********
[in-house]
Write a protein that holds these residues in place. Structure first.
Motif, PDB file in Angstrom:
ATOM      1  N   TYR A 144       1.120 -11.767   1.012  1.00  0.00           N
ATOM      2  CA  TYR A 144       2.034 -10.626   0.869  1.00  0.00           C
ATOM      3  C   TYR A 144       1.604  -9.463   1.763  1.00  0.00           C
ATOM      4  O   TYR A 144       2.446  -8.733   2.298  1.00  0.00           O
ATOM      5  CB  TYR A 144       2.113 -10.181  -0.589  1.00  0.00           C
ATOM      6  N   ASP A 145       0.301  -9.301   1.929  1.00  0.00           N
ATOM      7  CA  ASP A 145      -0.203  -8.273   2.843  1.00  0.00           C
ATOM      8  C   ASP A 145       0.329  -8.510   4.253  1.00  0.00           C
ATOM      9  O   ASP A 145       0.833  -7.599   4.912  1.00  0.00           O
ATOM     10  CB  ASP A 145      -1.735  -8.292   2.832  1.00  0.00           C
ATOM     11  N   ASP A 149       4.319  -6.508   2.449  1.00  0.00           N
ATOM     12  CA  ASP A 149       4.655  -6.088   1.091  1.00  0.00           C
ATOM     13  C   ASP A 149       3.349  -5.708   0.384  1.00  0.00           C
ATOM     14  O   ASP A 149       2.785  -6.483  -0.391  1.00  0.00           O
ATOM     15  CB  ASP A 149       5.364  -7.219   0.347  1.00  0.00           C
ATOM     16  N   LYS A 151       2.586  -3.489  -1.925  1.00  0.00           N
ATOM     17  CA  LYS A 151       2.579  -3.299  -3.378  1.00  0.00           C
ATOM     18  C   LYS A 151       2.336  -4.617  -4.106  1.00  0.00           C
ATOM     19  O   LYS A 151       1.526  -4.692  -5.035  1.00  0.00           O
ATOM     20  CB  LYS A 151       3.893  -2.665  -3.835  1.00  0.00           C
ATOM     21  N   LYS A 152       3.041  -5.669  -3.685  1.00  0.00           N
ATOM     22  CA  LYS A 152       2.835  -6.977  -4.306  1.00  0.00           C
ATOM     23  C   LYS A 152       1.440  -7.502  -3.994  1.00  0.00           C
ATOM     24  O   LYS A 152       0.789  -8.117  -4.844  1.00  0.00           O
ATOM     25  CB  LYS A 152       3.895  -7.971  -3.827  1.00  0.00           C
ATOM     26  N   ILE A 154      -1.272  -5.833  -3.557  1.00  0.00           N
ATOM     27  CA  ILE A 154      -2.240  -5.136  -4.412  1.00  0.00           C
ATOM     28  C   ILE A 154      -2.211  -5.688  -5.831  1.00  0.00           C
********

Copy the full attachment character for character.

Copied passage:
[in-house]
Write a protein that holds these residues in place. Structure first.
Motif, PDB file in Angstrom:
ATOM      1  N   TYR A 144       1.120 -11.767   1.012  1.00  0.00           N
ATOM      2  CA  TYR A 144       2.034 -10.626   0.869  1.00  0.00           C
ATOM      3  C   TYR A 144       1.604  -9.463   1.763  1.00  0.00           C
ATOM      4  O   TYR A 144       2.446  -8.733   2.298  1.00  0.00           O
ATOM      5  CB  TYR A 144       2.113 -10.181  -0.589  1.00  0.00           C
ATOM      6  N   ASP A 145       0.301  -9.301   1.929  1.00  0.00           N
ATOM      7  CA  ASP A 145      -0.203  -8.273   2.843  1.00  0.00           C
ATOM      8  C   ASP A 145       0.329  -8.510   4.253  1.00  0.00           C
ATOM      9  O   ASP A 145       0.833  -7.599   4.912  1.00  0.00           O
ATOM     10  CB  ASP A 145      -1.735  -8.292   2.832  1.00  0.00           C
ATOM     11  N   ASP A 149       4.319  -6.508   2.449  1.00  0.00           N
ATOM     12  CA  ASP A 149       4.655  -6.088   1.091  1.00  0.00           C
ATOM     13  C   ASP A 149       3.349  -5.708   0.384  1.00  0.00           C
ATOM     14  O   ASP A 149       2.785  -6.483  -0.391  1.00  0.00           O
ATOM     15  CB  ASP A 149       5.364  -7.219   0.347  1.00  0.00           C
ATOM     16  N   LYS A 151       2.586  -3.489  -1.925  1.00  0.00           N
ATOM     17  CA  LYS A 151       2.579  -3.299  -3.378  1.00  0.00           C
ATOM     18  C   LYS A 151       2.336  -4.617  -4.106  1.00  0.00           C
ATOM     19  O   LYS A 151       1.526  -4.692  -5.035  1.00  0.00           O
ATOM     20  CB  LYS A 151       3.893  -2.665  -3.835  1.00  0.00           C
ATOM     21  N   LYS A 152       3.041  -5.669  -3.685  1.00  0.00           N
ATOM     22  CA  LYS A 152       2.835  -6.977  -4.306  1.00  0.00           C
ATOM     23  C   LYS A 152       1.440  -7.502  -3.994  1.00  0.00           C
ATOM     24  O   LYS A 152       0.789  -8.117  -4.844  1.00  0.00           O
ATOM     25  CB  LYS A 152       3.895  -7.971  -3.827  1.00  0.00           C
ATOM     26  N   ILE A 154      -1.272  -5.833  -3.557  1.00  0.00           N
ATOM     27  CA  ILE A 154      -2.240  -5.136  -4.412  1.00  0.00           C
ATOM     28  C   ILE A 154      -2.211  -5.688  -5.831  1.00  0.00           C